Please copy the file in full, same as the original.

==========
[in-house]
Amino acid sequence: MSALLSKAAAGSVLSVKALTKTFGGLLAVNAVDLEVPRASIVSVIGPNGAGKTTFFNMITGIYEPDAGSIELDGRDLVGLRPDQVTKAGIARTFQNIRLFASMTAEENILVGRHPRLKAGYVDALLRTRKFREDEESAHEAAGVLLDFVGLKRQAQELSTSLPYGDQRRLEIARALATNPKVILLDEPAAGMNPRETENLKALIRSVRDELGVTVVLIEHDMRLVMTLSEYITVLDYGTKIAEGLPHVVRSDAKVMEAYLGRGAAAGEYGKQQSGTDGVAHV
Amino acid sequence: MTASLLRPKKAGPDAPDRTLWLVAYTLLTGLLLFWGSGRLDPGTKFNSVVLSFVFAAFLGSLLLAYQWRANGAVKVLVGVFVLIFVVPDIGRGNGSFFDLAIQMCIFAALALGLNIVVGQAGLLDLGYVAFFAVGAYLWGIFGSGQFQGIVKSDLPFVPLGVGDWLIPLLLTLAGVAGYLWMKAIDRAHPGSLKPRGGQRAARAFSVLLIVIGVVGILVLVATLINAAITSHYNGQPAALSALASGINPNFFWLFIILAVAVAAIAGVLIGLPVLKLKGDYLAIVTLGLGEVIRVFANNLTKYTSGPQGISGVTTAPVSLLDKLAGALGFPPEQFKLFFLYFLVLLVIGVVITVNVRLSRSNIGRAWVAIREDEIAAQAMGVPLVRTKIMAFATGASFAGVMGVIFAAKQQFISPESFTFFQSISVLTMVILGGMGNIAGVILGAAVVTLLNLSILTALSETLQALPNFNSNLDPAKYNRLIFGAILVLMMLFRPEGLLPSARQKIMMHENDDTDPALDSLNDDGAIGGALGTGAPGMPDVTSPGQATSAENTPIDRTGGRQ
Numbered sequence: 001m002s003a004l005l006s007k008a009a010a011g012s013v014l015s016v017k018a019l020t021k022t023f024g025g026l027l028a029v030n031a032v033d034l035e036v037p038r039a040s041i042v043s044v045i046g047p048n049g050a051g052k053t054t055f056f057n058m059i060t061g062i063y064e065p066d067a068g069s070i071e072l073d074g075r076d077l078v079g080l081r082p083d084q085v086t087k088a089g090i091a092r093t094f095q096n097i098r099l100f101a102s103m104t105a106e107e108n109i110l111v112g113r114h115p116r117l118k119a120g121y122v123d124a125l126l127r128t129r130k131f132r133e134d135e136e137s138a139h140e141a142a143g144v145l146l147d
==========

[in-house]
Amino acid sequence: MSALLSKAAAGSVLSVKALTKTFGGLLAVNAVDLEVPRASIVSVIGPNGAGKTTFFNMITGIYEPDAGSIELDGRDLVGLRPDQVTKAGIARTFQNIRLFASMTAEENILVGRHPRLKAGYVDALLRTRKFREDEESAHEAAGVLLDFVGLKRQAQELSTSLPYGDQRRLEIARALATNPKVILLDEPAAGMNPRETENLKALIRSVRDELGVTVVLIEHDMRLVMTLSEYITVLDYGTKIAEGLPHVVRSDAKVMEAYLGRGAAAGEYGKQQSGTDGVAHV
Amino acid sequence: MTASLLRPKKAGPDAPDRTLWLVAYTLLTGLLLFWGSGRLDPGTKFNSVVLSFVFAAFLGSLLLAYQWRANGAVKVLVGVFVLIFVVPDIGRGNGSFFDLAIQMCIFAALALGLNIVVGQAGLLDLGYVAFFAVGAYLWGIFGSGQFQGIVKSDLPFVPLGVGDWLIPLLLTLAGVAGYLWMKAIDRAHPGSLKPRGGQRAARAFSVLLIVIGVVGILVLVATLINAAITSHYNGQPAALSALASGINPNFFWLFIILAVAVAAIAGVLIGLPVLKLKGDYLAIVTLGLGEVIRVFANNLTKYTSGPQGISGVTTAPVSLLDKLAGALGFPPEQFKLFFLYFLVLLVIGVVITVNVRLSRSNIGRAWVAIREDEIAAQAMGVPLVRTKIMAFATGASFAGVMGVIFAAKQQFISPESFTFFQSISVLTMVILGGMGNIAGVILGAAVVTLLNLSILTALSETLQALPNFNSNLDPAKYNRLIFGAILVLMMLFRPEGLLPSARQKIMMHENDDTDPALDSLNDDGAIGGALGTGAPGMPDVTSPGQATSAENTPIDRTGGRQ
Numbered sequence: 001m002s003a004l005l006s007k008a009a010a011g012s013v014l015s016v017k018a019l020t021k022t023f024g025g026l027l028a029v030n031a032v033d034l035e036v037p038r039a040s041i042v043s044v045i046g047p048n049g050a051g052k053t054t055f056f057n058m059i060t061g062i063y064e065p066d067a068g069s070i071e072l073d074g075r076d077l078v079g080l081r082p083d084q085v086t087k088a089g090i091a092r093t094f095q096n097i098r099l100f101a102s103m104t105a106e107e108n109i110l111v112g113r114h115p116r117l118k119a120g121y122v123d124a125l126l127r128t129r130k131f132r133e134d135e136e137s138a139h140e141a142a143g144v145l146l147d